Yes, you should be able to 'feel' your outline. I admit I don't really outline in writing, although I do have well defined characters and a problem in my head before I begin writing, and I do feel the emotions of my characters in scenes before I write them. I think if your goal is to evoke emotions, you should really be outlining the emotional journey of ...


5

This answer is current as of Scrivener 3 You have a couple of options/features to view your outline: 1. Outline View While selecting a folder or a text file in the binder, go to view → outline. On MacOS this is simply achieved by pressing ⌘ + 3. Here is a snapshot I created using a template: 2. Table Of Content If what you are looking for is more ...


5

It depends on you. Until I joined this site, I didn’t know the term, but I have been a discovery writer for many years. Anytime I try planning a book, my characters run away with it and make it more interesting. I start with a character, get to know him or her well and then start placing my creation in situations. How will X respond? X does something and I ...


4

There really is no convention for indicating the end of things in text. You are asking for a way to move up the hierarchy of the document without a title to indicate the change. There really isn't a reliable way to indicate that to a reader. Titles indicate the beginning of things not the end of things. What there is a convention for is creating a ...


4

I would describe it as a pendulum. Don't focus on the twist, so much as the build ; if something has to happen, hint at the opposite direction. Right before a major event, write as though your characters were entering a peaceful routine. If the resolution is coming, give every signal that everything is screwed. Underline bonds, friendship and ...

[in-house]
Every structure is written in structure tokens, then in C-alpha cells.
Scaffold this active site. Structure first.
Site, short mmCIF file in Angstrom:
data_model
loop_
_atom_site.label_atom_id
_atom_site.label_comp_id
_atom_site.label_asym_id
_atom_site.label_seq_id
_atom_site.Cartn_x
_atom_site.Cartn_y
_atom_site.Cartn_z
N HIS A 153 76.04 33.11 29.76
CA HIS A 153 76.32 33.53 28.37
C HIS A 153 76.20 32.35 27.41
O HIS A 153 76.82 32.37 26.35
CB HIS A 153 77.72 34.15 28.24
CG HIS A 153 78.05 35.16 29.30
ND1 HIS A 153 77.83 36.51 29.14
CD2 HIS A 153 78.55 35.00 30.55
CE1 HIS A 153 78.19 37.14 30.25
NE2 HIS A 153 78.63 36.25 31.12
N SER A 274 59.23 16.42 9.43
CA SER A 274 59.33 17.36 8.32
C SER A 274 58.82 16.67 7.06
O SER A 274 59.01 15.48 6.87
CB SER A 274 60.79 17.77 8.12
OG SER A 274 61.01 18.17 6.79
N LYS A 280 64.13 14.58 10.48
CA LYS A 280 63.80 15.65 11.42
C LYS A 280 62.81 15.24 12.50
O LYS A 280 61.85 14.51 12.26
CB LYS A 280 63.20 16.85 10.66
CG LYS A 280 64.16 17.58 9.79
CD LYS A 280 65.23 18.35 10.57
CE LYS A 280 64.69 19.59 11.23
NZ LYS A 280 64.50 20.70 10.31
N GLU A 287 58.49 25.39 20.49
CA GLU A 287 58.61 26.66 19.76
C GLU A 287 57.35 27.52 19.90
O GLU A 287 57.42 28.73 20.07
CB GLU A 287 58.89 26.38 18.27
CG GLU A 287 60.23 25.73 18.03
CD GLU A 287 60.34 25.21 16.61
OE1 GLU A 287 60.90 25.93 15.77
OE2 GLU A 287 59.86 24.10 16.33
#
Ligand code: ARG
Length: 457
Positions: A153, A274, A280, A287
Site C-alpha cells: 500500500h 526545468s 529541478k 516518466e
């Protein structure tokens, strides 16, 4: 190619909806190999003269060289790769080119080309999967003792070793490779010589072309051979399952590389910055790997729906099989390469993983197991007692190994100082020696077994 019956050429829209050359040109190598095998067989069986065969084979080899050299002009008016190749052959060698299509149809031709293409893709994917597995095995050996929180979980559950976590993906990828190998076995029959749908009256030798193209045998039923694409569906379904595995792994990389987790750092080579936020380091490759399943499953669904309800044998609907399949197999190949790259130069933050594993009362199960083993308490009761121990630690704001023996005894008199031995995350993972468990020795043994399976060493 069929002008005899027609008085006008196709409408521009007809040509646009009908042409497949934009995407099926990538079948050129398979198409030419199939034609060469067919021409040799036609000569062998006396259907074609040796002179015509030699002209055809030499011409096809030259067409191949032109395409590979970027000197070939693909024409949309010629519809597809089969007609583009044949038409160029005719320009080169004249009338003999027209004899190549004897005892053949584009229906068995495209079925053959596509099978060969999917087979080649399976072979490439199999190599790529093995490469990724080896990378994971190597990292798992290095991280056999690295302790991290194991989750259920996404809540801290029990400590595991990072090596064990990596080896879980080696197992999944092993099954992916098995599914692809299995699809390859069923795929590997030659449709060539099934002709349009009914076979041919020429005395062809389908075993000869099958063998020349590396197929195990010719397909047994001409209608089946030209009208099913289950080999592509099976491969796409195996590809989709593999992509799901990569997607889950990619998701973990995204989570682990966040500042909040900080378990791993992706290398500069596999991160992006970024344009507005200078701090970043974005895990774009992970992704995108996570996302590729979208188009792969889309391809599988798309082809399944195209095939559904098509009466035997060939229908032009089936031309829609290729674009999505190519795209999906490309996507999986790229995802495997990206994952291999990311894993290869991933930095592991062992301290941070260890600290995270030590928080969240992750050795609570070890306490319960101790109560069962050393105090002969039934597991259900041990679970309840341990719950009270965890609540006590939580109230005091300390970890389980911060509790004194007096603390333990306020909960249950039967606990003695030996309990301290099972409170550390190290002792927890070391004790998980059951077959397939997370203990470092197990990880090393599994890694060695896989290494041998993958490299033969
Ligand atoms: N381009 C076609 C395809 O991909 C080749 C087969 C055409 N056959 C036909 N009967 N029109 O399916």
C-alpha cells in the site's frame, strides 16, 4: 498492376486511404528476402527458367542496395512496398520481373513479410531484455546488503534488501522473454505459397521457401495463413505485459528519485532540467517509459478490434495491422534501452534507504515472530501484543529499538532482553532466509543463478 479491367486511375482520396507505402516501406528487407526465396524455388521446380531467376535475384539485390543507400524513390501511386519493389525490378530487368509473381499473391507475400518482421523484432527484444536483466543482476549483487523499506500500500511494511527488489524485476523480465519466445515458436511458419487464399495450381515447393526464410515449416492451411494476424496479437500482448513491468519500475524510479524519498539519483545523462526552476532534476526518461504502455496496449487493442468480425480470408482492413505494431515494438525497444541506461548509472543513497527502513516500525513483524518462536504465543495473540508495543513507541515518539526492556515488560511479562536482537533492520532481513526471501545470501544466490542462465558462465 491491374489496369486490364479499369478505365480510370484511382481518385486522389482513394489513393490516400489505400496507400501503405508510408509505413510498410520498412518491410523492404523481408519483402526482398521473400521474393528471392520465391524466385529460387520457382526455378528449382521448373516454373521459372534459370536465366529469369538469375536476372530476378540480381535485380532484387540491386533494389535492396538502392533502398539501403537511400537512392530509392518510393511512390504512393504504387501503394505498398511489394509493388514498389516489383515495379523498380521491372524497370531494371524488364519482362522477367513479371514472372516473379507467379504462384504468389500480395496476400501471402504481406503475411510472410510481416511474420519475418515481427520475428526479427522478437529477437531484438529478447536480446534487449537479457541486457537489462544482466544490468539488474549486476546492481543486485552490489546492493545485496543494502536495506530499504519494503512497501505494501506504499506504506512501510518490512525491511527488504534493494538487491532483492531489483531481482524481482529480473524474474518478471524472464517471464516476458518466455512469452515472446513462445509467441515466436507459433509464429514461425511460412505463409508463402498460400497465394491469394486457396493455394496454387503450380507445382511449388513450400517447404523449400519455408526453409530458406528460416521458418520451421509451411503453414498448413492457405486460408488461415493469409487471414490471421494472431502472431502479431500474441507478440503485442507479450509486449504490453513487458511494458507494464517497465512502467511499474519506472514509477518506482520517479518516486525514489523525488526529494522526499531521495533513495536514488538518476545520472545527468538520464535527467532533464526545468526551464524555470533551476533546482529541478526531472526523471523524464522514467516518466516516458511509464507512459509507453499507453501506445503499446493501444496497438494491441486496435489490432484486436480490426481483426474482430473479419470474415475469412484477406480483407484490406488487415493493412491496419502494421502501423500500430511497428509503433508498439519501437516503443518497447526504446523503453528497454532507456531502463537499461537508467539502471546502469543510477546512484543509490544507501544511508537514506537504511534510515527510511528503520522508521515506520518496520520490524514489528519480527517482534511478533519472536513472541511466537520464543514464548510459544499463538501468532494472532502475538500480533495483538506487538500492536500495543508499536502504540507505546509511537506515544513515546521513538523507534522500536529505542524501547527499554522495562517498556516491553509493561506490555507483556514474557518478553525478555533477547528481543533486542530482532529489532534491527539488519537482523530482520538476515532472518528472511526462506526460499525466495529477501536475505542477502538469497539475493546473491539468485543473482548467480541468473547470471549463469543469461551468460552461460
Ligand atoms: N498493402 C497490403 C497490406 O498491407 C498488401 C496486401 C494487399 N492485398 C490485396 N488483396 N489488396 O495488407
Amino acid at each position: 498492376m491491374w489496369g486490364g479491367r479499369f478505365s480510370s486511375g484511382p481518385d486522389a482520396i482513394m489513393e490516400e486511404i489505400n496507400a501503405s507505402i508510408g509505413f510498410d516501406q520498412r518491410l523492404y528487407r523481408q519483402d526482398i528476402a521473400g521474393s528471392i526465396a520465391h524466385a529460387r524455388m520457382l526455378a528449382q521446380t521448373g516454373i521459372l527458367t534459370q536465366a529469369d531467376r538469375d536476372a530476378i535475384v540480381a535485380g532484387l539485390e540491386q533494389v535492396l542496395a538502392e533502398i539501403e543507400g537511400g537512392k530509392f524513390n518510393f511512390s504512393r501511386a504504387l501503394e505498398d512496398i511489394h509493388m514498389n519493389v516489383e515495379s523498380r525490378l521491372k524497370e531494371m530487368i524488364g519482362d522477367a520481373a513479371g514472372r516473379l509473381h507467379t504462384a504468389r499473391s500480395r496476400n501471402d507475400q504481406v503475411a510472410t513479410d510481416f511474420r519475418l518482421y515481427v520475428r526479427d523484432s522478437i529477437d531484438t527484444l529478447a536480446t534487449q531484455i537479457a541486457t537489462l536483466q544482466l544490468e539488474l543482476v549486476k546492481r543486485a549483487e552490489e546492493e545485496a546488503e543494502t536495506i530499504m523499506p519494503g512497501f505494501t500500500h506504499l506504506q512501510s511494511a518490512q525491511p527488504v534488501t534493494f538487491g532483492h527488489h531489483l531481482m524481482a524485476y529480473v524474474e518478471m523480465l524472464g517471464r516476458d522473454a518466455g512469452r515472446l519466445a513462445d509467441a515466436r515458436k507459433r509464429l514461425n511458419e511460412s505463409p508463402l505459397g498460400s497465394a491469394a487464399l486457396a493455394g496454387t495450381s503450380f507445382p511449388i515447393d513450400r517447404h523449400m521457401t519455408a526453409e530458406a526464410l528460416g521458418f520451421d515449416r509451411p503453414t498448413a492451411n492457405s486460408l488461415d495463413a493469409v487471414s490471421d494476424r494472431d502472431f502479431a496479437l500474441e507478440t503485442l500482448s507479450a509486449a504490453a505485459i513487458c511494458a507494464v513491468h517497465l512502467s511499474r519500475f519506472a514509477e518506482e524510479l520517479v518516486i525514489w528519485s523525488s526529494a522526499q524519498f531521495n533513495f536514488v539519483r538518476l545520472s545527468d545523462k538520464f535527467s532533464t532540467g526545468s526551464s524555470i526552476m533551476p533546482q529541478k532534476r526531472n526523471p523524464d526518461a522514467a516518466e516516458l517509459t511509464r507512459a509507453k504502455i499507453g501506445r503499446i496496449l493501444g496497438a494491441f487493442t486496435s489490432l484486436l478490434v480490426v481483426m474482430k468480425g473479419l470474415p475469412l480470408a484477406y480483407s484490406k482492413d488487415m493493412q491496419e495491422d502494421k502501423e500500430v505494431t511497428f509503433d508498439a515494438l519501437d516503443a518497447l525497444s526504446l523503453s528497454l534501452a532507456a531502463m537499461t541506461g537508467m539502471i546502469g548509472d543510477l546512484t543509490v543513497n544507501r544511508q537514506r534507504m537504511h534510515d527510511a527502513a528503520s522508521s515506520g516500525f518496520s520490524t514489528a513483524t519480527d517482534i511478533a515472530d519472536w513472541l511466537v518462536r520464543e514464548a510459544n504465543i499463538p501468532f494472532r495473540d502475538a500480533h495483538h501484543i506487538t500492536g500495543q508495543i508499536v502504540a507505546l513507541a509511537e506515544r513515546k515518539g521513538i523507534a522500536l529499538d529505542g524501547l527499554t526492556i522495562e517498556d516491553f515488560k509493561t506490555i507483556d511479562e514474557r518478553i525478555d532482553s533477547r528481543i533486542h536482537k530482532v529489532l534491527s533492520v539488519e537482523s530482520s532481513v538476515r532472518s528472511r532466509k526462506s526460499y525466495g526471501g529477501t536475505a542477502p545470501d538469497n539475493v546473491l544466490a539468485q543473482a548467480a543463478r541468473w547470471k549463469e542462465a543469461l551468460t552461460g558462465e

4

The way I'm structuring this is by giving each branch a collection of chapters that form into an arc before moving on to another branch. When outlining scenes, chapters, and arcs I explicitly write out what each are suppose to accomplish so I don't have fluff subplots, or character interactions that neither advance the story, nor advance a characterization. ...


4

If you have time, try reading Closing Time, Joseph Heller’s hardly-ever-heard-of sequel to Catch 22; not in any way to try to emulate it, but to see how little plot matters. Catch 22 itself showed that side-lines can be as gripping as any real plot, and Closing Time does the same in spades. At the end of the day, did the method you used for Book 1 work, or ...


4

The outline is simply said: Just a rough explanation, what the chapter/scene should achive. Personally, I use the outline to describe, what the chapter and the scenes should cover. It is the most basic part of the story, cause it just describes the key plot elements basically. As example: A rough outline for the finale would be: xy is going into the ...


4

I don't think the specifics matter that much, what you are looking for is dividing lines that can create conflict. In your example, say you decide the son doesn't want to work with his father. That alone creates a conflict, a potential rift between father and son. As for the rest of your questions, I would avoid "what if" questions per se, you need to ...